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Flashback Friday: Back to My Roots

Friday, November 6, 2009

Teresha as a child in JamaicaMy roots (heritage) are Jamaican (mother, father, maternal and paternal grandmothers, paternal grandfather), Cuban (maternal grandfather), West African (maternal great-grandmother), Jewish (maternal great-grandfather), and Indian (paternal great-grandmother). This is as far back as I can trace my family tree.

My other roots (hair) are thick and curly. I used to consider my hair unruly and begged for a relaxer at age 12. My aunts, with their bone-straight tresses, took my side and my mother caved. I wish she hadn't because this was the beginning of a 17-year sentence, during which I was a prisoner to the beautician's chair, the latest hair care products, and the weather (can't get your touch-up wet!). All this (plus thousands of dollars) in the name of achieving "good hair" status. In 2005, I finally decided enough was enough. I set myself free by growing out my processed hair and going natural. That was me taking ownership of my beauty and vowing never to allow someone else to define it for me, ever again. I know my daughter is going to have similar conflicted feelings about her hair. At just three months old, the texture of her hair receives much more attention from family members than her latest developmental milestone. But I am equipped to handle their comments and her inevitable questions about whether she has "pretty" hair or when can she get a permanent. My answers are simple: "yes, your hair is beautiful because no one else has hair like yours" and "no, you won't be getting any chemical hair processes while you are still a child living under my roof."
I will teach her to look past society's standards and see the beauty in the crown that God bestowed upon her head. I will honestly share my own struggle to love the hair on my head and hope she will appreciate her own and choose never to chemically change it.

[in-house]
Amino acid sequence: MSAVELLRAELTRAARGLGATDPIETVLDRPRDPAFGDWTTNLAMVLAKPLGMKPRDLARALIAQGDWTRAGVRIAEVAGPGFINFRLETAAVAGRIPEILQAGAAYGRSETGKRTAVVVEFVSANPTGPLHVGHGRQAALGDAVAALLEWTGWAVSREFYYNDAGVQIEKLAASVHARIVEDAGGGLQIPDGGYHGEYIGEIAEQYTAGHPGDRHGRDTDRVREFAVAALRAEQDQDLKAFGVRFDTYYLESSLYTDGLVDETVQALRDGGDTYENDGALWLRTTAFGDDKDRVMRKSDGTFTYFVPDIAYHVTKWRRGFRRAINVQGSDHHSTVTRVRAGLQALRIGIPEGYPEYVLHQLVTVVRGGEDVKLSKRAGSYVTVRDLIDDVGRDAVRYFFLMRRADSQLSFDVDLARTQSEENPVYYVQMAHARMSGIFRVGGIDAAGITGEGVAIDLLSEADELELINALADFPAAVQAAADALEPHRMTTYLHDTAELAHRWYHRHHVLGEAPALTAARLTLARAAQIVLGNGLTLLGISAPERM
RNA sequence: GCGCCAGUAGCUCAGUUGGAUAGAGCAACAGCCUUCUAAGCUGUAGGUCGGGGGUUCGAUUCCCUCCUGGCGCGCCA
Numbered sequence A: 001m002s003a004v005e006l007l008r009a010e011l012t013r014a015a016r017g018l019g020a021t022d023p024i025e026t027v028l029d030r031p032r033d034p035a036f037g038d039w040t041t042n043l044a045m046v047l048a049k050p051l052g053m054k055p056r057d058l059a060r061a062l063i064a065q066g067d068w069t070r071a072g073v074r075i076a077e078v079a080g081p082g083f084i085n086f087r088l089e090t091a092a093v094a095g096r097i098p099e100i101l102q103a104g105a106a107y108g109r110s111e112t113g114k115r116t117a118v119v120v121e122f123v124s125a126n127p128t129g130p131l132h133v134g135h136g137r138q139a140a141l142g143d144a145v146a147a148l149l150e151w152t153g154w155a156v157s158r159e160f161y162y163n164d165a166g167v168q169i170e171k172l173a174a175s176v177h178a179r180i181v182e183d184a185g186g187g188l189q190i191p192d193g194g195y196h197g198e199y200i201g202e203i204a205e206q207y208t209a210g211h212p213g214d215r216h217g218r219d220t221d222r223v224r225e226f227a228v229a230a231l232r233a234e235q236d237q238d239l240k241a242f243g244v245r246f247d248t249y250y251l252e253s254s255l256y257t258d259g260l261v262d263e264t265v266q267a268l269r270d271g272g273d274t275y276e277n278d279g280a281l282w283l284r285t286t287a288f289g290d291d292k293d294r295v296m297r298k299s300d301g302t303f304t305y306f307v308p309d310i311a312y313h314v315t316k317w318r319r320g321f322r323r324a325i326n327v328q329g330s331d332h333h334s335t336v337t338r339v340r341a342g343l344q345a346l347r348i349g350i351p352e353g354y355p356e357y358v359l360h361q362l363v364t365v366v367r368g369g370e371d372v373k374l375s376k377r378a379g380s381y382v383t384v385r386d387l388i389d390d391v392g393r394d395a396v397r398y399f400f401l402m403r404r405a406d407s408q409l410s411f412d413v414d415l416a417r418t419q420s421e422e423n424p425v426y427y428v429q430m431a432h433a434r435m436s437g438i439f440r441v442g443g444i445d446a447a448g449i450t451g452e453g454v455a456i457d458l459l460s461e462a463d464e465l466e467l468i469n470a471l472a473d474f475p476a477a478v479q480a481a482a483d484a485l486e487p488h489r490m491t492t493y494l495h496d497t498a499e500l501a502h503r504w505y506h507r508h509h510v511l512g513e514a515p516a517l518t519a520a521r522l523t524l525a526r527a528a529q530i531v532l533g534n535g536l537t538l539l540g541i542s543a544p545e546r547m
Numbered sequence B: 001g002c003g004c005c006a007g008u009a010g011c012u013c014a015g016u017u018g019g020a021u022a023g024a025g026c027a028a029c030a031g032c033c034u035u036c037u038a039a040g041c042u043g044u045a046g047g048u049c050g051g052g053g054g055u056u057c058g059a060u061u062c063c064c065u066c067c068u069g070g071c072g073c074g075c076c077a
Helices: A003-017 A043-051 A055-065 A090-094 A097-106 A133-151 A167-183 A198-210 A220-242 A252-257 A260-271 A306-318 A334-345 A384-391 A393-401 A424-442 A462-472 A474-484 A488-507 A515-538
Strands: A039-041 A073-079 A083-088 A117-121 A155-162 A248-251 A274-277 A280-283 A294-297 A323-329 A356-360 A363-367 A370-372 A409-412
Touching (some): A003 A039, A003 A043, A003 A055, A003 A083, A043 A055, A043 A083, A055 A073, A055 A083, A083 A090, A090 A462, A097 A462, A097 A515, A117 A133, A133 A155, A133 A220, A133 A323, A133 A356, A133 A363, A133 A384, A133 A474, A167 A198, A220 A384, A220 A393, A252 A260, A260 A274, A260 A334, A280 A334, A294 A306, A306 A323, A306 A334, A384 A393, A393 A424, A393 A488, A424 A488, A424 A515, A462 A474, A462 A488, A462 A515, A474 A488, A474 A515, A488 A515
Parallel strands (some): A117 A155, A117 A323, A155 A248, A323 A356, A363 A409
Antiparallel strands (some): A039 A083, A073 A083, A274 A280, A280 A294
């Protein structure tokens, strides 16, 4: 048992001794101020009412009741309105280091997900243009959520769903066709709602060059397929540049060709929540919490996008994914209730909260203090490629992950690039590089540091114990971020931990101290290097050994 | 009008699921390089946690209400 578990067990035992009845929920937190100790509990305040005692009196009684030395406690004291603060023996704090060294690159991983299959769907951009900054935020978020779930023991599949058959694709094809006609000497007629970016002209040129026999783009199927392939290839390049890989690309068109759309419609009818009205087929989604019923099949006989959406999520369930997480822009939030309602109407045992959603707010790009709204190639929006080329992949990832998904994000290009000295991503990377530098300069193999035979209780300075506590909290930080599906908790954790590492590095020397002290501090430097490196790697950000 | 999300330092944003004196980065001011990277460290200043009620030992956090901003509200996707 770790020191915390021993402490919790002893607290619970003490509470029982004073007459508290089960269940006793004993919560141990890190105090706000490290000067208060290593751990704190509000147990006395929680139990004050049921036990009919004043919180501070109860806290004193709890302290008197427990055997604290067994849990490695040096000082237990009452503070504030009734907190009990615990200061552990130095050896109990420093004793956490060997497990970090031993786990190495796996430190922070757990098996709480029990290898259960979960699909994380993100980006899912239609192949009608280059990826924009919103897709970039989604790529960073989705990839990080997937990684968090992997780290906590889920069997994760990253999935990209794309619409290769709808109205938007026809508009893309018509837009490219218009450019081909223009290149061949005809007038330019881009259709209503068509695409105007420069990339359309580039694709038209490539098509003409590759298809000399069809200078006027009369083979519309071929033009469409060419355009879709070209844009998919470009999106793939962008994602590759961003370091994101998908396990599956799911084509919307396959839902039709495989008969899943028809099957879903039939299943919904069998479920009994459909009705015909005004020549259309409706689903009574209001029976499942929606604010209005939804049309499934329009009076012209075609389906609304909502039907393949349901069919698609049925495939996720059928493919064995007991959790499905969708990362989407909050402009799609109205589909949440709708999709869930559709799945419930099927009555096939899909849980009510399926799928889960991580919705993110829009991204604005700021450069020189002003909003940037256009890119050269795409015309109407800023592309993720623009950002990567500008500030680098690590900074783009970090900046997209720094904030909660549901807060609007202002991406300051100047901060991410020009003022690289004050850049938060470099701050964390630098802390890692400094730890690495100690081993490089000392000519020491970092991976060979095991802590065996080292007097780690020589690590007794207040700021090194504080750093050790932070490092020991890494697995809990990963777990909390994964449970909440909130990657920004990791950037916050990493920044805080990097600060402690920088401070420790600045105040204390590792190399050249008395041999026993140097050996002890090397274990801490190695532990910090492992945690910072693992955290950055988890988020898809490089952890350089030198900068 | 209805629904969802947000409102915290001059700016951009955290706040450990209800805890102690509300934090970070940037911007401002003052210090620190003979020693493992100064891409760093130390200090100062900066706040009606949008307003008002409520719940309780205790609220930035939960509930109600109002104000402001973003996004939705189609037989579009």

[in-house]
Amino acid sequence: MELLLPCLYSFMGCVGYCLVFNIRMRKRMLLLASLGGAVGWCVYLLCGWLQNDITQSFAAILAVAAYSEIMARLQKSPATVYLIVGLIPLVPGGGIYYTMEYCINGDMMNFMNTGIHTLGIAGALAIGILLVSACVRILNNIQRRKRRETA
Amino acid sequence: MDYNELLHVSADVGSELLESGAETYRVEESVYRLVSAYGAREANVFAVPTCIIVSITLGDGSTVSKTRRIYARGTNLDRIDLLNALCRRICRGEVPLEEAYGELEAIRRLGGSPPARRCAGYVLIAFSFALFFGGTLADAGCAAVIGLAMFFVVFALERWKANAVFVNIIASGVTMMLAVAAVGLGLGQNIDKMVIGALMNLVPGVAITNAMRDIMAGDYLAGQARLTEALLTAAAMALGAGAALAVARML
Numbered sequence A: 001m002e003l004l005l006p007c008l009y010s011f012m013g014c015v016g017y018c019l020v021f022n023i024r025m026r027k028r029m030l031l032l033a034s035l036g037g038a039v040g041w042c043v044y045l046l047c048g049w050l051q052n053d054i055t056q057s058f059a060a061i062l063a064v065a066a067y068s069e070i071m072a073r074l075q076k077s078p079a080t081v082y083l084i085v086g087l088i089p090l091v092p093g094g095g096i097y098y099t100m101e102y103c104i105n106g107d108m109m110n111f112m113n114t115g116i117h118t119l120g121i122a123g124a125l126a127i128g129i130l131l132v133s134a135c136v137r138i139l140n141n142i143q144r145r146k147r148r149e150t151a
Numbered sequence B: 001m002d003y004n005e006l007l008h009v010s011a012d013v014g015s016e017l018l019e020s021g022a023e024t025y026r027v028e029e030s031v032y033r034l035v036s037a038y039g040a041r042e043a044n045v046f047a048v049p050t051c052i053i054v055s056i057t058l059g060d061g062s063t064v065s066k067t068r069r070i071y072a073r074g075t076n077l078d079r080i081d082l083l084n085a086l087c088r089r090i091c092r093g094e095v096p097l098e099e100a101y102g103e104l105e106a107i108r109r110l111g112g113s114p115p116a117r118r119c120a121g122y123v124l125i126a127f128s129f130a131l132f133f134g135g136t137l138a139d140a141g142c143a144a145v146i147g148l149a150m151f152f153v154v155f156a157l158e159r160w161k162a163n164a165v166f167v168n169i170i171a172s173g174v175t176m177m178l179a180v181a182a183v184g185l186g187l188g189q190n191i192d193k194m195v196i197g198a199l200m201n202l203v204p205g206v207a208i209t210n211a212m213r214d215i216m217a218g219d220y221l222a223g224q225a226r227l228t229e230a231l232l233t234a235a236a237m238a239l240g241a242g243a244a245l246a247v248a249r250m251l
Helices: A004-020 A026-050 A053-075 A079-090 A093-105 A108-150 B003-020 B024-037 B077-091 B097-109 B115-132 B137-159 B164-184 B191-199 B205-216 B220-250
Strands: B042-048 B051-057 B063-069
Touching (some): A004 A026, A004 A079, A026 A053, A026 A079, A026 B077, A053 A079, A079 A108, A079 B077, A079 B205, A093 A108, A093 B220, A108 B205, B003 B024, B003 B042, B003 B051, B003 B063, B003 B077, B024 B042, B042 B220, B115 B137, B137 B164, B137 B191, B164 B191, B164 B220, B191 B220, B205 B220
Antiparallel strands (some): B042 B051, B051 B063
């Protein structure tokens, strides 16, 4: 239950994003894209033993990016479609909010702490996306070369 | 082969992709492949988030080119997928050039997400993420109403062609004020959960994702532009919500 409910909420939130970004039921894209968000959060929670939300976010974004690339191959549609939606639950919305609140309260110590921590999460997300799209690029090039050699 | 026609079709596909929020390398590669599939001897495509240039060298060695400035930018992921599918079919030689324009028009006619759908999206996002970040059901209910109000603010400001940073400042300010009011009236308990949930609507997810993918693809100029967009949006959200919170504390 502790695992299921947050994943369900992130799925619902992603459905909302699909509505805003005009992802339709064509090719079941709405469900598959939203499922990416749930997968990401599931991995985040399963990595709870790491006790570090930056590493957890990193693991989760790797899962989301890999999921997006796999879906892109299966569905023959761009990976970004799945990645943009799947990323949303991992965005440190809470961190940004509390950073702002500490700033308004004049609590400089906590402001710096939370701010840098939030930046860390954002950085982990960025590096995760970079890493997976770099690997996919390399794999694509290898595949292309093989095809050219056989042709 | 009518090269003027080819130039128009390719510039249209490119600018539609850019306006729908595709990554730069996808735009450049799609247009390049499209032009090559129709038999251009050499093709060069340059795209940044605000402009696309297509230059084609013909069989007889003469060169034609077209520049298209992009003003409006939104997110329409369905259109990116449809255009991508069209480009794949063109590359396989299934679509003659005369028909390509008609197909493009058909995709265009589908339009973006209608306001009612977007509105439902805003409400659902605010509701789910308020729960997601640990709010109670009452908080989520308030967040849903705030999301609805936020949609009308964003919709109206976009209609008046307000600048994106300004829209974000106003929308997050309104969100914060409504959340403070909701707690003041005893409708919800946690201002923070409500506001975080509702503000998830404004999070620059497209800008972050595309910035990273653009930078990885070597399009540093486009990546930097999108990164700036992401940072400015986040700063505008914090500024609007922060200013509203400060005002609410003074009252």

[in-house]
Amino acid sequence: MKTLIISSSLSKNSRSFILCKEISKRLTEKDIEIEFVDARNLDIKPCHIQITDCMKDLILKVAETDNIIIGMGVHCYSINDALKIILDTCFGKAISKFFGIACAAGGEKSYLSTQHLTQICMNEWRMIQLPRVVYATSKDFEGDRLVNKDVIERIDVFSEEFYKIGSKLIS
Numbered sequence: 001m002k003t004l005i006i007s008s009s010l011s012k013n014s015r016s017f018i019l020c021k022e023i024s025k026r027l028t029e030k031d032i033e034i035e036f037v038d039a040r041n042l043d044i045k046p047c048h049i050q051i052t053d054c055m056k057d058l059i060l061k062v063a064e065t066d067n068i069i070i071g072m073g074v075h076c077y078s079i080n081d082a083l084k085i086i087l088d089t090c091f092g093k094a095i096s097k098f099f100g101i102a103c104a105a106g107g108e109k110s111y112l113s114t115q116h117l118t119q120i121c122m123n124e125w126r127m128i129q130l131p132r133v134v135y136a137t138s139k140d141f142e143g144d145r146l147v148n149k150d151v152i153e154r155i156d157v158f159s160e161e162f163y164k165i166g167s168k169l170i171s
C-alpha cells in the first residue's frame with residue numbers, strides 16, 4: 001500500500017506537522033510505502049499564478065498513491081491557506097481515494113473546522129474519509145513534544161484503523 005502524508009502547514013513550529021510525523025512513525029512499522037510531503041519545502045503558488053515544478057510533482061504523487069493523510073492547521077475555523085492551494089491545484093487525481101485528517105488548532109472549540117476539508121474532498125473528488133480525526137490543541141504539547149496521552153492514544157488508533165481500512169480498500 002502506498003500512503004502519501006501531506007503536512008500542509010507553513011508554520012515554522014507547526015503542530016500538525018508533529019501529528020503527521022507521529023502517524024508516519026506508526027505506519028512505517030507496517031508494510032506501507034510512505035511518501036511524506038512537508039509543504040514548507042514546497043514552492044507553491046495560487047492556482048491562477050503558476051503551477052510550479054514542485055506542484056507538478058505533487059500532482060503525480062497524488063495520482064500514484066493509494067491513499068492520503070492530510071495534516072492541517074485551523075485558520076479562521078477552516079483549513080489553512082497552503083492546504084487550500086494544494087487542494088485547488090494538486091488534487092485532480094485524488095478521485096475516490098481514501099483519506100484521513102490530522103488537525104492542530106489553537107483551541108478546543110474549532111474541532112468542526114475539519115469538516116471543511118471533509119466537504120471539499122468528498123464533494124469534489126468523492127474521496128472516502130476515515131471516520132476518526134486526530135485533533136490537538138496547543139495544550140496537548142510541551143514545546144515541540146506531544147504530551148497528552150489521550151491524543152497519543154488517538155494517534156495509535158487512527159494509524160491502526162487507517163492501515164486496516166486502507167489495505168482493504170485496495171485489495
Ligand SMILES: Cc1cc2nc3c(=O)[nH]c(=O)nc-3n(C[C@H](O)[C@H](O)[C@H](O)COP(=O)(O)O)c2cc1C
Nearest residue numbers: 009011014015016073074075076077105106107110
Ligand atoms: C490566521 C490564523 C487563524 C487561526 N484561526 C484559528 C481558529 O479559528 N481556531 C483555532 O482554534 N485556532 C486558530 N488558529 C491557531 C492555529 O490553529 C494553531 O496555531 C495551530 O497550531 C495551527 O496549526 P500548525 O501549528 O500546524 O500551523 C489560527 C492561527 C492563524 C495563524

You see that girl in the two-piece bathing suit? Yep, that's me at age 3, all set to go to the beach in Negril. Little did I know that 30 years later, I'd be sporting the same hairstyle.


Kim @ What's That Smell? said...

Look at you all kneecaps and hair! Too cute.

I think au natural is always more beautiful.

Blogs said...

Awww what a cute photo.:) Enjoying your blog. Love the layout. SITS sent me♥

Have a fabulous weekend:)

jmt said...

Maybe it's the white girl in me, but I never did understand why Brown women (I don't want to use African American because you are more than that!) did such crazy things to their hair. I LOVE 'fros, I love their unruliness, I love the curls. :) Sport it, woman, and enjoy!

Brianna Bell said...

I think it is kinda funny how people with straight hair (to include myself) want to curl their hair or get perms to make it curly and people with curly hair always want it straightened. In my opinion, I love all styles and types of hair and do styles that cross different ethnic heritages. I love the creativity in them all.

BTW you were an a very cute little girl :) Have a wonderful day!


Anonymous said...

Hello! Sherry & I work together and she was showing me a few pix of your daughter on your blog site. She is so beautiful ;-) Have a great weekend!

J Mac said...

Cute photo!!

Straitjackets are Slimming said...

This makes me so happy. I'm a hairdresser and relaxers and perms are hair torture, and scalp torture too, especially for a little girl.

Radical Selfie said...

You are wonderful mother! The whole "pretty hair" thing used to send me into the highest levels of "pisstivity" until I embraced the reality that, as their mom, I had a front row seat in the influence arena where my girls are concerned. Marley and Sage have two different hair textures, and they both have locs. I still get the "how come her hair is so soft" comments regarding Sage, and I use it as an opportunity to educate people on appropriate and inappropriate statements IF my children are within ear shot. I tell my girls each day how beautiful their hair (and the rest of them, for that matter) is, and always will be because God decided that long before they got here! (Sorry for the rant!!).

Nikki said...

It's nice that you kept a record of your roots. It's important to know who we are and all the parts that make us up. Thanks for the blog visit =)

When did I become my Mom said...

I'm ethnically what we call a callaloo - all kindsa mixed up! I don't think I've ever seen my mom's hair not straightened but I used to have stick straight hair that has developed a curl of its own over the years. When it was straight, I'd do anything to get some kind of curl in it, and now I go to the hairdresser every few weeks to have it blown straight.

My little girl has very curly hair and I wonder what role it's going to play in her self-image. Like you, I won't be allowing any chemical straightening under this roof. And why yes, she has good hair! Not a damn thing wrong with it. (What is with that "good hair" thing. Makes me mad.)

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